A NEW STORY Of great interest Entitled A Feather in the Wind By PRANK H. SHAW, Commences in this Issue More bggs SUNLIGHT OIL CAKL b rich in Albuminoids end low in moisture. q The general cause of shortage in e££s is either (00 hi£h feeding or too low. For Joying hens. Sunlight OH Cake will qu'ckly £:ve 0 return which will astonish the owner. For chickens at any time after the o$n of G woeks it is unequalled. ^ bunlteht Oil Cake will impart tho glossy sheen to th© birds' appear ance so prized by the fancier, and is speckiliy valuable fo: this reason clone to oil exhibitors of show poullry. It puts on solid flesh in en extremely short, space of time, and experiments have proved fhat yount;, scr»i$$y birds fed almost enti.eiyon it have become covered with good plump meat in a few wee.ks, thus doubling tho'tf vajuo to the market poulterer. A 32-pa«e booklet. "Poultry Profits" on application to LLYLR BROS. Ltd. Melbourne. Lady tells how she restored hair to natural color that had been g...
About Our Soldiers. [Newspaper Article] — Alpine Observer and North-Eastern Herald — 12 January 1917
About Our Soldiers. PRIVATES T.J. Hollond, Tawonga, W.J (Tulton, H. Grotty, and Stanley Quion, of Bi'ia;ht, spsnt the Christmas holidays with their relatives. Sapper G. Hungfes wa3 also home for the holidays. Messrs Albert Syphers, of Bright, and James Parsons, of Harrietville, hava been passed by the local medical omcar for aotive service, and both have gons to Melbourne for final examination. Mr I. A. Newton, formerly licenses o[ fae Freeburgh Hotel, writes:-"1 hav« j-ist received an official telegram noti fying that my son Joe (previously ra ported wounded) is reported wounded and missing since sometime last September, so that would seem to be the last of poor old Joe, buried by a shell, I expect. Another sacrifice on the altar of Libert? dies pro patria. 1 have still another son following the flag, and the last might go any day." Information haB been received tbst Private H. Honeychurch, of Wandili gong, who was reported as being wounded some tim9 back, is suffering from she" co...
COLORS MADE FROM MOSS. What Happened Before Aniline Dyes Were invented. [Newspaper Article] — Alpine Observer and North-Eastern Herald — 19 January 1917
COLORS MADE FROM MOSS. What Happened Before Aniline Dyes Were invented. What did ve do for dye stuffs be fore the discovery of aniline dyea, which were invented not a hundred years ago? We obtained them from plants and mosses, which produced most beautiful colors of all hues. The preparation of shades from coal-tar and minerals is essentially a German industry, though it must not be forgotten that the first discovery in that line was made by a British scientist. It was in 1856 that Sir W. H. Per kins introduced his beautiful mauve tint, hut since then the Germans, by dint of characteristic trade dodges and more purloining of British se crets had, long previously to the war, captured the whole business. How ever, when the Continental supplies were cut our chemists were roused to the opportunity, and there has been no real lack for months past. In ancient days our British dyes the Dyers' Company of London -was established in 1452-depended for tones of yellow on the dyers' broom or gin...
THE MOTHER. [Newspaper Article] — Alpine Observer and North-Eastern Herald — 19 January 1917
THE MOTHER. A little ring of gold-a battered shoe A faded curling wisp o£ yellow hair Some pencilled pictures-playthings one or two A corner and a chest to hold them there. Many a woman's fondest hoard is this, Among her dearest treasures none so dear, Though bearded lips are often here to kiss That once made only prattle to her ear. The sturdy arm, the seasoned form, the brow That arches over eyes of manly blue Mean all joy to her living memory now,. And yet-and yet-she hugs the other, too! With that rare love, mysterious and deep, Down in a mother-heart thro' all the years, That placid age can never lull to sleep And is not grief, yet oft brings foolish tears. She often goes those boarded things to view, And fingers the wee treasures hid den there To touch the little ring and battered shoe And kiss the curling wisp of golden hair!
The Recruiting Movement. MR. MILONEY, M.P., AT WANG ARATTA. [Newspaper Article] — Alpine Observer and North-Eastern Herald — 19 January 1917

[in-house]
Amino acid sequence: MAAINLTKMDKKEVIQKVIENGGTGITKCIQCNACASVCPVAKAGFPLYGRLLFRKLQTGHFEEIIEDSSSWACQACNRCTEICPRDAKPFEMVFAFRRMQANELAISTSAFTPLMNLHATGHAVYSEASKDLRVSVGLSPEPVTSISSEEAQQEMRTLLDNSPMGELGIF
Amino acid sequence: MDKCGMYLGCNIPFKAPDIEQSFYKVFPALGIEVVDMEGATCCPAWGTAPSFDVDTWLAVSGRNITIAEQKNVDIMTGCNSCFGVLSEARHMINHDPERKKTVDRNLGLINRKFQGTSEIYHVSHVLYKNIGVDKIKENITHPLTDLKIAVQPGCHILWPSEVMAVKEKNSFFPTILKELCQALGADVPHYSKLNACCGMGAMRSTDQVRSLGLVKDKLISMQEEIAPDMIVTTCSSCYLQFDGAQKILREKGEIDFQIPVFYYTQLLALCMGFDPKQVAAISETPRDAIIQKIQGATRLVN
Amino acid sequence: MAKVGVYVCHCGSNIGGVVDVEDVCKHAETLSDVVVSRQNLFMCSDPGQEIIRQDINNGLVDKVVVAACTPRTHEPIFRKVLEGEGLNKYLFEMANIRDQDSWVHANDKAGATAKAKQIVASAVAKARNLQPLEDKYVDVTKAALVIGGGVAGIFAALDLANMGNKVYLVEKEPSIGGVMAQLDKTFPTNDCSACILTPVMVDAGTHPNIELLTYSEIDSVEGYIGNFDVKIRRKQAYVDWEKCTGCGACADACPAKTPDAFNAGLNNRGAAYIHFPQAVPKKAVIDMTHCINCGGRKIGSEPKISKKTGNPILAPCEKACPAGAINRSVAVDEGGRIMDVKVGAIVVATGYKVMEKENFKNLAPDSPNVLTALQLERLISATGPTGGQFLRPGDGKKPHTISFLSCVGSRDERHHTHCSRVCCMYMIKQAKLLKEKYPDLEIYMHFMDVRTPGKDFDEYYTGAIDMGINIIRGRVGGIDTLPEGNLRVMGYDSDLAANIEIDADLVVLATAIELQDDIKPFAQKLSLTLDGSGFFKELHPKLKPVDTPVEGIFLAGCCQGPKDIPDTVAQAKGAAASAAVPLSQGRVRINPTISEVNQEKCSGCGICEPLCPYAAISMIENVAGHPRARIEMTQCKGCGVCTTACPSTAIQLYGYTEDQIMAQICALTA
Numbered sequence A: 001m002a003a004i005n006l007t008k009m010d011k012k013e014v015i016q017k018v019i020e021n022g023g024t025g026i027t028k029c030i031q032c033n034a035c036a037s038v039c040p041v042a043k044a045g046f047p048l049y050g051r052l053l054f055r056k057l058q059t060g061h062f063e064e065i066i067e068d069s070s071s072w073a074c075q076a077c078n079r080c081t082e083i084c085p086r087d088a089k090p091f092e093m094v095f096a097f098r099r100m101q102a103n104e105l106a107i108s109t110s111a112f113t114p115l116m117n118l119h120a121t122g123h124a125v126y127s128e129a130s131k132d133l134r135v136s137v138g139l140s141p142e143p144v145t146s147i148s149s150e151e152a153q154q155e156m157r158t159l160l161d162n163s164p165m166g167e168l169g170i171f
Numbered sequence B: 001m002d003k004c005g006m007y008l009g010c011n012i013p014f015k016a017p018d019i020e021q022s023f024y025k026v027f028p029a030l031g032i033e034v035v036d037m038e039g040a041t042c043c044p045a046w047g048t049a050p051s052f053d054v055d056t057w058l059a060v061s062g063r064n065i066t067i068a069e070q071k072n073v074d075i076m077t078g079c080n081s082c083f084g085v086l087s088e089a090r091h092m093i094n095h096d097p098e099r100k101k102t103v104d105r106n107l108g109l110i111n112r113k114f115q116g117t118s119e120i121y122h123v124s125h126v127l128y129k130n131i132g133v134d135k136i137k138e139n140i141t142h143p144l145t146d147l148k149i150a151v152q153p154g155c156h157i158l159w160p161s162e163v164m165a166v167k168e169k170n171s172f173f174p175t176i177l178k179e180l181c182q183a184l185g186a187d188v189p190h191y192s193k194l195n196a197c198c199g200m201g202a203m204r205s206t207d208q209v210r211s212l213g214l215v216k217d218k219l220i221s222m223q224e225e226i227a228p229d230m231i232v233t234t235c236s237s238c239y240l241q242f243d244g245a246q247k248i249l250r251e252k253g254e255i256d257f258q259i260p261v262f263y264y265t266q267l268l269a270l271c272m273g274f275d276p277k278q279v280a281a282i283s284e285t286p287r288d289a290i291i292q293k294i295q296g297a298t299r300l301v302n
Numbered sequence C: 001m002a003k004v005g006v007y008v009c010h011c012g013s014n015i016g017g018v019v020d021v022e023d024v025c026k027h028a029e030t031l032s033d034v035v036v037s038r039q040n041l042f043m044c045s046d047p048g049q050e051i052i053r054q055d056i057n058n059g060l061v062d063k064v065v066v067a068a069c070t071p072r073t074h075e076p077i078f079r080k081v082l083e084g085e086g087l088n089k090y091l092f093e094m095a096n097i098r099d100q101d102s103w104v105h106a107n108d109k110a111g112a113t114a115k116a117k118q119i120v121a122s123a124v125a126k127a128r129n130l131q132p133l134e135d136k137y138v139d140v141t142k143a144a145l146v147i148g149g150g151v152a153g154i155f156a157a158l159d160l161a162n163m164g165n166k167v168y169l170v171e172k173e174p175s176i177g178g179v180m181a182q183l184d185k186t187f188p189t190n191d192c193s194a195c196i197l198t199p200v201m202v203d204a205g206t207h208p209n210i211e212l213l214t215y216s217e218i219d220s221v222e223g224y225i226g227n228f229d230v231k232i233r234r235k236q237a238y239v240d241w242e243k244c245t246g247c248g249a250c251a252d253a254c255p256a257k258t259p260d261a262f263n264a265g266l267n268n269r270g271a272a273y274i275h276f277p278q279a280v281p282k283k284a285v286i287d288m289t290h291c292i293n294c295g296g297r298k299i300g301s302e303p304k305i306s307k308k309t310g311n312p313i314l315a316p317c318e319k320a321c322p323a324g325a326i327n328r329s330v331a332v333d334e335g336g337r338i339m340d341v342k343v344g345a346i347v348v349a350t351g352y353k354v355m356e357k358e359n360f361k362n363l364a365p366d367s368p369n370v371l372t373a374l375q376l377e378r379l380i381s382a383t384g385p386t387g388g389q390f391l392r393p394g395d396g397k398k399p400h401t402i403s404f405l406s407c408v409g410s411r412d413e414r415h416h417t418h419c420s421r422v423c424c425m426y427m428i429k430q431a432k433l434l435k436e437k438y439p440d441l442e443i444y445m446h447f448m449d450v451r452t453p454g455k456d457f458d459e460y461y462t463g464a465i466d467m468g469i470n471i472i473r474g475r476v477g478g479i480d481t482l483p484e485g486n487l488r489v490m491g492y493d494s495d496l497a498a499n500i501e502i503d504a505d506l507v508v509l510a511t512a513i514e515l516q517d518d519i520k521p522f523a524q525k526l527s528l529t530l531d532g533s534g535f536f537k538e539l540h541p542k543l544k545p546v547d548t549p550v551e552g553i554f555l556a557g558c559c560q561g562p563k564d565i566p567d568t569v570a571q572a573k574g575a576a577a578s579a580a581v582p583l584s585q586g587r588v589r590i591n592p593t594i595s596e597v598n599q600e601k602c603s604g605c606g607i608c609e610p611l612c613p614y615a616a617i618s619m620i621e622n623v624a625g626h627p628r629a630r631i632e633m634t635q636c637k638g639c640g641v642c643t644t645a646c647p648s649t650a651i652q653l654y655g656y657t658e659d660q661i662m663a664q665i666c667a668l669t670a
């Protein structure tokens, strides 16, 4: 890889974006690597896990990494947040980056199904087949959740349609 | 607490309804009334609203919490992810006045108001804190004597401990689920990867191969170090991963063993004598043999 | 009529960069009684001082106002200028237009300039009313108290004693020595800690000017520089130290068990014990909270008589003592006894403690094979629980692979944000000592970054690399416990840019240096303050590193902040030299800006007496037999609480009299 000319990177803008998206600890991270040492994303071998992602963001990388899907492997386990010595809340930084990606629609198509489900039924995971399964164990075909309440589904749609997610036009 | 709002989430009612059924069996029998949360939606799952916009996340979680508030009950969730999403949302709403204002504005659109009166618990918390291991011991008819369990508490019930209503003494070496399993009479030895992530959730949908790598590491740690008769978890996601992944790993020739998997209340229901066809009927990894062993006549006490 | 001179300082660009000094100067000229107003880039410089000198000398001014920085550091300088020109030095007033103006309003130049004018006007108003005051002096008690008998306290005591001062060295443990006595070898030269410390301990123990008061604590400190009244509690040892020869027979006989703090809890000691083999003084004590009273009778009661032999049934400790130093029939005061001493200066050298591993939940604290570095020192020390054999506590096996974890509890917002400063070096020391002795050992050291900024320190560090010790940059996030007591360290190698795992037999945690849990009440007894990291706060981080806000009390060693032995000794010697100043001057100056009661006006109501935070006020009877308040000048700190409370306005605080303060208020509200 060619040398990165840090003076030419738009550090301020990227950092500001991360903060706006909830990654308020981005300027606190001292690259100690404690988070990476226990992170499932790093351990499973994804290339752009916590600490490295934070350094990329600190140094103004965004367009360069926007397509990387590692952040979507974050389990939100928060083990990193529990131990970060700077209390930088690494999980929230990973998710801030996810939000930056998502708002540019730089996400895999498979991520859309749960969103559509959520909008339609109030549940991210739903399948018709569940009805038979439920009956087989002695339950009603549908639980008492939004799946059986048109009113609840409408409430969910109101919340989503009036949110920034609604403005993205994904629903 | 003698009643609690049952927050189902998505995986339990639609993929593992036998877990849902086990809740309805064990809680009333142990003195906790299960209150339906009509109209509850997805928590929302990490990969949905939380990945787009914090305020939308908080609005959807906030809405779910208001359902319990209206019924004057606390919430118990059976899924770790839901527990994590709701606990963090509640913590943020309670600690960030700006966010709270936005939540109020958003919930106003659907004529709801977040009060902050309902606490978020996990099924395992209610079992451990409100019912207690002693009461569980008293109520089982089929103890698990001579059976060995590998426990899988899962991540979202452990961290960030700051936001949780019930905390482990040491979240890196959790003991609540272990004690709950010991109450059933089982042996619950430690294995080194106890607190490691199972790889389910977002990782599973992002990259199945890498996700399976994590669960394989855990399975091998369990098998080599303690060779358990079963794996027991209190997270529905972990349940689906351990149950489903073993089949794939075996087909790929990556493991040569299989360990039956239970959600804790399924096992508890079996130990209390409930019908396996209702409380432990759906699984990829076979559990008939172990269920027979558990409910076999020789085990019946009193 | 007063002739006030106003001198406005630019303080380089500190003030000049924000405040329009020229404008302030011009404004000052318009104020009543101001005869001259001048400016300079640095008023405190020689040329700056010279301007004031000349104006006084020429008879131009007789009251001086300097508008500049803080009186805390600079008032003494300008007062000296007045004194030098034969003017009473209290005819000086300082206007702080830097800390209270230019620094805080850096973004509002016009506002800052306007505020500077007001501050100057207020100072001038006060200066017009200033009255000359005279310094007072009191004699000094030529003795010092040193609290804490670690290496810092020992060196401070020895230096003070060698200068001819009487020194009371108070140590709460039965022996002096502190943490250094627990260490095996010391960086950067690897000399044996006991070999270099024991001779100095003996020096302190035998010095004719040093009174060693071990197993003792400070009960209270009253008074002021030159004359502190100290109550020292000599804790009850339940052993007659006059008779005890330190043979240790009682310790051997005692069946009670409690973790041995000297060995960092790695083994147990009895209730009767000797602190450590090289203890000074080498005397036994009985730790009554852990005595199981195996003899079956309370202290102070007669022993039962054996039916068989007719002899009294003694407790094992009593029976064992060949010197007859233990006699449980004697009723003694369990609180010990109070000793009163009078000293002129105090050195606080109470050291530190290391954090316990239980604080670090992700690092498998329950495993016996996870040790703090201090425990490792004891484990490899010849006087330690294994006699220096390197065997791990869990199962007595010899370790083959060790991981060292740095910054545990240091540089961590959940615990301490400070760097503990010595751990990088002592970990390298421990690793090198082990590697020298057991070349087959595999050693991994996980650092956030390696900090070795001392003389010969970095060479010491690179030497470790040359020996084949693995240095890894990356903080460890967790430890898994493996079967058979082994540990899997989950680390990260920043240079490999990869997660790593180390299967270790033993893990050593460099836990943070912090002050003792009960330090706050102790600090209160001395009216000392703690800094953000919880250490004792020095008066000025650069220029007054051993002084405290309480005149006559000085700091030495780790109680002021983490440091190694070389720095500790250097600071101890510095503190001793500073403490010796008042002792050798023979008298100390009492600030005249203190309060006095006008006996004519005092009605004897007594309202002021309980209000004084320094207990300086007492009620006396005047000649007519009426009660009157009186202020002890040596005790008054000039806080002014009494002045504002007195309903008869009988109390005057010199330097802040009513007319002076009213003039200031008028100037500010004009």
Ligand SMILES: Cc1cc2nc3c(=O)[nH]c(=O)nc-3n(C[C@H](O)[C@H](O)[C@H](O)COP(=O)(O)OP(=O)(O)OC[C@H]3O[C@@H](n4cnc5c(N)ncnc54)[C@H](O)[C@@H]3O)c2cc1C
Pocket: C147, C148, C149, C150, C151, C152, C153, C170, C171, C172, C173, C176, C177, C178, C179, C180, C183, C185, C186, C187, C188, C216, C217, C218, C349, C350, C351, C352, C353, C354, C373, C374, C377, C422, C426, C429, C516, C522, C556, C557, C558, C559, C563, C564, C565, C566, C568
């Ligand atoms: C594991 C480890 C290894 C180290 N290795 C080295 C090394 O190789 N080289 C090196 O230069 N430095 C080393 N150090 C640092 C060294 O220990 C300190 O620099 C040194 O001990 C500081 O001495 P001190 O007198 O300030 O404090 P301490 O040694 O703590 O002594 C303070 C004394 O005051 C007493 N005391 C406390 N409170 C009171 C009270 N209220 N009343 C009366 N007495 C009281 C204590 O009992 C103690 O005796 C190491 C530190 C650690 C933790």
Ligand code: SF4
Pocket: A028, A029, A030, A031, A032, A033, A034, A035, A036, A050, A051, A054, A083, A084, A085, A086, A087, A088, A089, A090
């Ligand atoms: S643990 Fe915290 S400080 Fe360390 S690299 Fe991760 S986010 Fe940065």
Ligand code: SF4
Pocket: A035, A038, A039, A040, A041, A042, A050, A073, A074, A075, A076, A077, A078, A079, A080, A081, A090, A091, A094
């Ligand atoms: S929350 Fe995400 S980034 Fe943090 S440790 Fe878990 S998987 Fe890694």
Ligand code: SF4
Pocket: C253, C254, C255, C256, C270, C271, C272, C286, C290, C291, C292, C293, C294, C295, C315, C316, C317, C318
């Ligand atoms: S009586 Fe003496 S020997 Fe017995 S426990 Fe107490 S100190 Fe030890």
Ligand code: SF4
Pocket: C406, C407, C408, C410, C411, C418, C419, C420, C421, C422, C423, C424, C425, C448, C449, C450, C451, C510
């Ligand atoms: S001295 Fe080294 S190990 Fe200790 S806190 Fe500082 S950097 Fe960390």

The Recruiting Movement. MR. MlLONEY, M.P., AT WANG AR ATTA. SPEAKING at a meeting of ladies and gentlemen at Wangaratta, on Wednesday of InBt week, to consider the best way of assisting the recruiting movement, Sir. P. J. Maloney, M.P., said :-"The scheme had been formulated by the State Recruiting Committee, and the Federal member was asked to sc. as chairman of the central committee of hia electorate. That arrange ment would work well in metropolitan constituencies where the population was congested, but he thought it impracticible in a sparsely populated constituency like Indi. fie suggested that a central com roiltee be elected in each of the tire Slate electorates comprised in Indi Personally he stood precisely in the same position as when the war started. He stood for the voluntary system then, and he Btood for the voluntary system to day. He did not want to strike a discordant note, but he wanted to s?y that in the referendum campaign lie said he believed that 16,500 men p?r...
Red Gross Society. [Newspaper Article] — Alpine Observer and North-Eastern Herald — 19 January 1917
Red Gross Society. THE following cab'e has been received from Captain Marr, AHZIC WireleBB Squadron, Basra :-" Australians Mesopo tamia thank Red Cross Society (or ChristmaB gifts, which were much appre ciated.'' Thit message refers to Christmas hoses shipped from Melbourne to Bsera in September. It is particularly desired that in future no letters be enclosed with garments de spatched to the central depot. Maty of these garments, on reselling London, will bo included in the weekly parcels sent by the Australian Red Cross Commissioners, 54 Victoria street, Westminster, to oil prisoners of the A I.F. in Germaay, and serious trouble might ensue if communi cations, poa>ib!y containing reference to the enemy, were found in these parcels on arrival in Germany. It is hoped that al workers will conform to this most neces sary and important request.
Lend Your Money to Your Country. [Newspaper Article] — Alpine Observer and North-Eastern Herald — 19 January 1917
Lend Your Money to Your Country. WHILE the recruiting committees are making a strong appeal to the manhood of the country for reinforcements, th&lt; y are also taking the oppor'uni y of inip>ees Dg on everybody tile necemity for money to carry on tho war as well. "Lend;,your mon> y to your country " is the request, with the reminder at the same time that '"he serves who eaves." The soldie shave freely offered their lives to their country, HS their sacrifice may be price of victory, ' ut to secure a complete victory your money !a also needed. But \yhile the suHier runs all the risks of battle, the,in vestor in the War Loan is in no danger himself, nor is his money, as repiym'nt in full is guaranteed by the Commonwe iltli with good interest and advantages-uot insignificant in themselves-meanwhile. Every W ir Bmd yon buy will help to »ring victory nearer and perhaps help to save tlie unnecessary sacrifice of many lives.